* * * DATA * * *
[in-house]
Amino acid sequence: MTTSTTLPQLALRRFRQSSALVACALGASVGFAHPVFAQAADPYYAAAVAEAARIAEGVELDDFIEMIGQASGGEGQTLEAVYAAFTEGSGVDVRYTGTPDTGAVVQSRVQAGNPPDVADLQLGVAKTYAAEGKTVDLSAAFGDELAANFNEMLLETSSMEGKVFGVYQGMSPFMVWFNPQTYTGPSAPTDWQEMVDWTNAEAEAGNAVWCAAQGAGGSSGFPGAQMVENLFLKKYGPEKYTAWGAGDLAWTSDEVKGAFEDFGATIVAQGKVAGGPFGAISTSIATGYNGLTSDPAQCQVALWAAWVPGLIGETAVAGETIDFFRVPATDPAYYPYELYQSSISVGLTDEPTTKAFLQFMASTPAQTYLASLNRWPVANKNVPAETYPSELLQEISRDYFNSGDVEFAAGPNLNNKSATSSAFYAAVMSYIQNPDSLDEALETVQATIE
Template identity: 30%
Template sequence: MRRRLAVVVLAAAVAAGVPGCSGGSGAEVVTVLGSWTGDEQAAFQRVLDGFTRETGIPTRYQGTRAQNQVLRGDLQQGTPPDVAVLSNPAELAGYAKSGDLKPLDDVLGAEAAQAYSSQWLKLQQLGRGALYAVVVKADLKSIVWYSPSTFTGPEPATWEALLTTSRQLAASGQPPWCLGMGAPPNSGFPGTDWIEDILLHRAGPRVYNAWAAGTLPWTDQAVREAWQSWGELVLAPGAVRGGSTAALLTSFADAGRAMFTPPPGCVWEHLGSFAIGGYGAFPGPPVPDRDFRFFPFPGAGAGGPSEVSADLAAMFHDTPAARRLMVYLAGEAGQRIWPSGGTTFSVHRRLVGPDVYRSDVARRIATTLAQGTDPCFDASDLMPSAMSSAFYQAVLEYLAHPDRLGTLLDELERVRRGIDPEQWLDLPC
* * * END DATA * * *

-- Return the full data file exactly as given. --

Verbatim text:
[in-house]
Amino acid sequence: MTTSTTLPQLALRRFRQSSALVACALGASVGFAHPVFAQAADPYYAAAVAEAARIAEGVELDDFIEMIGQASGGEGQTLEAVYAAFTEGSGVDVRYTGTPDTGAVVQSRVQAGNPPDVADLQLGVAKTYAAEGKTVDLSAAFGDELAANFNEMLLETSSMEGKVFGVYQGMSPFMVWFNPQTYTGPSAPTDWQEMVDWTNAEAEAGNAVWCAAQGAGGSSGFPGAQMVENLFLKKYGPEKYTAWGAGDLAWTSDEVKGAFEDFGATIVAQGKVAGGPFGAISTSIATGYNGLTSDPAQCQVALWAAWVPGLIGETAVAGETIDFFRVPATDPAYYPYELYQSSISVGLTDEPTTKAFLQFMASTPAQTYLASLNRWPVANKNVPAETYPSELLQEISRDYFNSGDVEFAAGPNLNNKSATSSAFYAAVMSYIQNPDSLDEALETVQATIE
Template identity: 30%
Template sequence: MRRRLAVVVLAAAVAAGVPGCSGGSGAEVVTVLGSWTGDEQAAFQRVLDGFTRETGIPTRYQGTRAQNQVLRGDLQQGTPPDVAVLSNPAELAGYAKSGDLKPLDDVLGAEAAQAYSSQWLKLQQLGRGALYAVVVKADLKSIVWYSPSTFTGPEPATWEALLTTSRQLAASGQPPWCLGMGAPPNSGFPGTDWIEDILLHRAGPRVYNAWAAGTLPWTDQAVREAWQSWGELVLAPGAVRGGSTAALLTSFADAGRAMFTPPPGCVWEHLGSFAIGGYGAFPGPPVPDRDFRFFPFPGAGAGGPSEVSADLAAMFHDTPAARRLMVYLAGEAGQRIWPSGGTTFSVHRRLVGPDVYRSDVARRIATTLAQGTDPCFDASDLMPSAMSSAFYQAVLEYLAHPDRLGTLLDELERVRRGIDPEQWLDLPC